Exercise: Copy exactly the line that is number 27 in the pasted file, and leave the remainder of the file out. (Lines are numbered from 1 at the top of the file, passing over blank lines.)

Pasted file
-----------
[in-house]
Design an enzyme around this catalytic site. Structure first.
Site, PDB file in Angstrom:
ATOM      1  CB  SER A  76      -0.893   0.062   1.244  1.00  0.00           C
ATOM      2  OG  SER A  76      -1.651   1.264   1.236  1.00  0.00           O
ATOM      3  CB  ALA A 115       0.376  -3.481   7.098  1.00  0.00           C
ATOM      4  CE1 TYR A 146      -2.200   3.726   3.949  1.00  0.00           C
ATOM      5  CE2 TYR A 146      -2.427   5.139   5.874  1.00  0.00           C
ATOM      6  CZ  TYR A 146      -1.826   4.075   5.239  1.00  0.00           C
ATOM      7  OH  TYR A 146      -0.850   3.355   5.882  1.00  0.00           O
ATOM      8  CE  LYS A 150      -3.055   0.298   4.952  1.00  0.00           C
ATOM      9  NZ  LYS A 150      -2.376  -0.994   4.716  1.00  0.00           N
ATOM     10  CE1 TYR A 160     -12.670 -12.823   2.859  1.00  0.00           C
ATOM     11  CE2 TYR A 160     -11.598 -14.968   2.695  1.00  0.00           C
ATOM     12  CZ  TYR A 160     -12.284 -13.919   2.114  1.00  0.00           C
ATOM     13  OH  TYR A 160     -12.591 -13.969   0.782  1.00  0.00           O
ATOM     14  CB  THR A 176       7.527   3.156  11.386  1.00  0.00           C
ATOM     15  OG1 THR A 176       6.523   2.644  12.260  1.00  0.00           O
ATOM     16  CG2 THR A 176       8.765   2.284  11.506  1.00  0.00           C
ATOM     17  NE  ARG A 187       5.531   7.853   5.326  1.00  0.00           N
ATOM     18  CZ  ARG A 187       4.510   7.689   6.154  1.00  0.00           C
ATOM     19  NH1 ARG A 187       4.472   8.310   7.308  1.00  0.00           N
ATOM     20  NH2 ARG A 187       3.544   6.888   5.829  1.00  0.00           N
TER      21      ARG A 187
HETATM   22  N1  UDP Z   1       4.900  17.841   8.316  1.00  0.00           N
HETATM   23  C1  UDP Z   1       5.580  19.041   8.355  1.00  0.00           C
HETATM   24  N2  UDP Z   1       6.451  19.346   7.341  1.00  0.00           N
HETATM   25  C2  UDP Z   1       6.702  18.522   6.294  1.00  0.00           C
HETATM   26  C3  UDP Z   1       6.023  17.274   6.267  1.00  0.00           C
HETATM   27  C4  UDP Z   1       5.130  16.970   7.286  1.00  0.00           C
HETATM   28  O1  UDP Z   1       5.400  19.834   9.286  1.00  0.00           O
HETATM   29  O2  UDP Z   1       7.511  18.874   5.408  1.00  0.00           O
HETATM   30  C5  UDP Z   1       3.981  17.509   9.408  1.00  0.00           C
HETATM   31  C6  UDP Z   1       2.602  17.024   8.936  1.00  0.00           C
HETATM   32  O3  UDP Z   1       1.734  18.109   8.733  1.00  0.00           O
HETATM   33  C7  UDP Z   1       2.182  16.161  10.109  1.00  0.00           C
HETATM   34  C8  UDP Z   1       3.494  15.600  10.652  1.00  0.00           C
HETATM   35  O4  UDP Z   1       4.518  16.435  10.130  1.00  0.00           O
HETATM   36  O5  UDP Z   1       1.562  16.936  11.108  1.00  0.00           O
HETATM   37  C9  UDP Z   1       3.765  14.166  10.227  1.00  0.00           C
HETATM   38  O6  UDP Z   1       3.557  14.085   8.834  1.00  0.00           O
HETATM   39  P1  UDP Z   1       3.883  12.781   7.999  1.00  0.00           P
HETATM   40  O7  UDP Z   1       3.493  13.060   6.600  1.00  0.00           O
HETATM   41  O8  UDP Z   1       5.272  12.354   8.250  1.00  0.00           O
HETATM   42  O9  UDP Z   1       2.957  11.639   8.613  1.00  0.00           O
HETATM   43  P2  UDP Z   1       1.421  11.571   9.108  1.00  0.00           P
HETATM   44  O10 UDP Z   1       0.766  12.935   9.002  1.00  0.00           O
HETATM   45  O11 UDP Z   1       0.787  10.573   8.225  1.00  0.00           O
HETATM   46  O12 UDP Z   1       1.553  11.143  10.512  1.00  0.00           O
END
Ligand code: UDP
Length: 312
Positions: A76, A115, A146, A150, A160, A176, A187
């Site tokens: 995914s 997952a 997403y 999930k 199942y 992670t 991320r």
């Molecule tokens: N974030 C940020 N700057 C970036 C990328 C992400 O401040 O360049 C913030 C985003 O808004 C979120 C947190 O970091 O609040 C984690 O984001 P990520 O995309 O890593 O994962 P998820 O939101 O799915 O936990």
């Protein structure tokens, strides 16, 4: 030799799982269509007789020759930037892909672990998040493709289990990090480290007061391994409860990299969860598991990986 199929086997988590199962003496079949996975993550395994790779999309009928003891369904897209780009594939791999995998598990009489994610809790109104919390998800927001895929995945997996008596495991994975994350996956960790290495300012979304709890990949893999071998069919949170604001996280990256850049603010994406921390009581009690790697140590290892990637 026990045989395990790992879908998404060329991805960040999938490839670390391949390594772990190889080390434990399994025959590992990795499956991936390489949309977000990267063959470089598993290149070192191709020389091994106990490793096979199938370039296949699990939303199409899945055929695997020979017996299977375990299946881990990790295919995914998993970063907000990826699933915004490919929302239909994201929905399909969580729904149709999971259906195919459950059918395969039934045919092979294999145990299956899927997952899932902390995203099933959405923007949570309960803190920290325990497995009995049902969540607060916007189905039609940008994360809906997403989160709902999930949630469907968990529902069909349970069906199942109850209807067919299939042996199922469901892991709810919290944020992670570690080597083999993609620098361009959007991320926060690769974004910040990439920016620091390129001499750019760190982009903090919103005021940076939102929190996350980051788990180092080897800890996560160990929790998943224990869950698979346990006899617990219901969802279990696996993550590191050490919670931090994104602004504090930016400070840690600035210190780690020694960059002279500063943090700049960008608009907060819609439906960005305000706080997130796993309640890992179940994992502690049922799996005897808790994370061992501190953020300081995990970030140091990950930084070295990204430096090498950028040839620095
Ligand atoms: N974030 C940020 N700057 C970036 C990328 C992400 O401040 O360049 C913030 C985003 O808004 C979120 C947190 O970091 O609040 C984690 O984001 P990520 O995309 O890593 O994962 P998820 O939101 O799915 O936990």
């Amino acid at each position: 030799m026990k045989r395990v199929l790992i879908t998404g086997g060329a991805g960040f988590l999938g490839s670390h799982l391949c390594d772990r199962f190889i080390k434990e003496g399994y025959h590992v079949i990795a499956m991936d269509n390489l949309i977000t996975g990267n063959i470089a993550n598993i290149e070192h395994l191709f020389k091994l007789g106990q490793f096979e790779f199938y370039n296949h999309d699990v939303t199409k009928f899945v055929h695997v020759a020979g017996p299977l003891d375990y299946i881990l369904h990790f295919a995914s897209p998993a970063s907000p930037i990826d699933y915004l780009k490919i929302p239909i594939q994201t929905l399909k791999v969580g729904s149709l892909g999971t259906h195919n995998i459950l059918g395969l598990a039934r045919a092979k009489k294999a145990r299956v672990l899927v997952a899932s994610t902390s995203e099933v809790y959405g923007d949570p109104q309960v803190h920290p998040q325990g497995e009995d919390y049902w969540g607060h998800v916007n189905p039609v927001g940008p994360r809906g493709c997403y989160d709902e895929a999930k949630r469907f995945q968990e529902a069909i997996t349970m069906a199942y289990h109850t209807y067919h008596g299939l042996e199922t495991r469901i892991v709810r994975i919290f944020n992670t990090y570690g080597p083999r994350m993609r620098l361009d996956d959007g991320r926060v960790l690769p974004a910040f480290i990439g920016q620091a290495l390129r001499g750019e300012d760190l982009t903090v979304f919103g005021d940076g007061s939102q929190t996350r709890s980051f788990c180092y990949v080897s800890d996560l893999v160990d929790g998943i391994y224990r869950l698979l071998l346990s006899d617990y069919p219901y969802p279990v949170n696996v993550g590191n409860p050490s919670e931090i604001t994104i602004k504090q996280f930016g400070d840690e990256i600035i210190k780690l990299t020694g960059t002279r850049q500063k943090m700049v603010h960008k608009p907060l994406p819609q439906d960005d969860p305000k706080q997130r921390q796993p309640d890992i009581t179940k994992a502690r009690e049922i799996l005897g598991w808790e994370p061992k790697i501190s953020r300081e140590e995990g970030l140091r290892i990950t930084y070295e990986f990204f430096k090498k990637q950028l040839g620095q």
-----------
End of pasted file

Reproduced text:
HETATM   24  N2  UDP Z   1       6.451  19.346   7.341  1.00  0.00           N